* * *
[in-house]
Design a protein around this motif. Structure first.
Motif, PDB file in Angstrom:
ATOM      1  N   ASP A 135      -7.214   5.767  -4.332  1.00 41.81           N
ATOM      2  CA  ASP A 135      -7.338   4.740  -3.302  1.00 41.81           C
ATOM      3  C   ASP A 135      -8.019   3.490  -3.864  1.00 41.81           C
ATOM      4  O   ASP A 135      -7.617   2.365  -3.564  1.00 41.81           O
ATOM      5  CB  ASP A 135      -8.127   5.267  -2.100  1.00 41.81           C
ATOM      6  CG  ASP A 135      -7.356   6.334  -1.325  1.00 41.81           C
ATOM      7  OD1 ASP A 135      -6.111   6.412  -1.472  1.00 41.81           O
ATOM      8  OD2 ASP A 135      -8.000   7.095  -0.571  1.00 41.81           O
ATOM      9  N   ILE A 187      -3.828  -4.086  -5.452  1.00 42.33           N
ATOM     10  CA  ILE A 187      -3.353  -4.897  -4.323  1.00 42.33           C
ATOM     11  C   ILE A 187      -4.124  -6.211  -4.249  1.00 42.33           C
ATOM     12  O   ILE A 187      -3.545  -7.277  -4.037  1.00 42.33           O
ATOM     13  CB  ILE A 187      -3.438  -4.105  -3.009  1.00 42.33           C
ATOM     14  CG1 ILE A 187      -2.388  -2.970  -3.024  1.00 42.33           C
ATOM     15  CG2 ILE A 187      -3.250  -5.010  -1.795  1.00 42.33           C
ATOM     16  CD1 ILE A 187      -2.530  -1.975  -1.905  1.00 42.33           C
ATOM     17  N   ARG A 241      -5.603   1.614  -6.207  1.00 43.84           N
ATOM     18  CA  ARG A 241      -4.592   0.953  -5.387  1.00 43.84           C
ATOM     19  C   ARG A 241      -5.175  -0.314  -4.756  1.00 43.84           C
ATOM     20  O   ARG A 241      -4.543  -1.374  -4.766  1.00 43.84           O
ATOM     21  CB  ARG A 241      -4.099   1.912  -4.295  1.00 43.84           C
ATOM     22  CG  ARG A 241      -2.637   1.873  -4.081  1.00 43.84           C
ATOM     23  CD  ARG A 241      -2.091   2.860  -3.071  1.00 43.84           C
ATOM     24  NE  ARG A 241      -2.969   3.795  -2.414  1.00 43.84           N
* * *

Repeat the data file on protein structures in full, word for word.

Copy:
[in-house]
Design a protein around this motif. Structure first.
Motif, PDB file in Angstrom:
ATOM      1  N   ASP A 135      -7.214   5.767  -4.332  1.00 41.81           N
ATOM      2  CA  ASP A 135      -7.338   4.740  -3.302  1.00 41.81           C
ATOM      3  C   ASP A 135      -8.019   3.490  -3.864  1.00 41.81           C
ATOM      4  O   ASP A 135      -7.617   2.365  -3.564  1.00 41.81           O
ATOM      5  CB  ASP A 135      -8.127   5.267  -2.100  1.00 41.81           C
ATOM      6  CG  ASP A 135      -7.356   6.334  -1.325  1.00 41.81           C
ATOM      7  OD1 ASP A 135      -6.111   6.412  -1.472  1.00 41.81           O
ATOM      8  OD2 ASP A 135      -8.000   7.095  -0.571  1.00 41.81           O
ATOM      9  N   ILE A 187      -3.828  -4.086  -5.452  1.00 42.33           N
ATOM     10  CA  ILE A 187      -3.353  -4.897  -4.323  1.00 42.33           C
ATOM     11  C   ILE A 187      -4.124  -6.211  -4.249  1.00 42.33           C
ATOM     12  O   ILE A 187      -3.545  -7.277  -4.037  1.00 42.33           O
ATOM     13  CB  ILE A 187      -3.438  -4.105  -3.009  1.00 42.33           C
ATOM     14  CG1 ILE A 187      -2.388  -2.970  -3.024  1.00 42.33           C
ATOM     15  CG2 ILE A 187      -3.250  -5.010  -1.795  1.00 42.33           C
ATOM     16  CD1 ILE A 187      -2.530  -1.975  -1.905  1.00 42.33           C
ATOM     17  N   ARG A 241      -5.603   1.614  -6.207  1.00 43.84           N
ATOM     18  CA  ARG A 241      -4.592   0.953  -5.387  1.00 43.84           C
ATOM     19  C   ARG A 241      -5.175  -0.314  -4.756  1.00 43.84           C
ATOM     20  O   ARG A 241      -4.543  -1.374  -4.766  1.00 43.84           O
ATOM     21  CB  ARG A 241      -4.099   1.912  -4.295  1.00 43.84           C
ATOM     22  CG  ARG A 241      -2.637   1.873  -4.081  1.00 43.84           C
ATOM     23  CD  ARG A 241      -2.091   2.860  -3.071  1.00 43.84           C
ATOM     24  NE  ARG A 241      -2.969   3.795  -2.414  1.00 43.84           N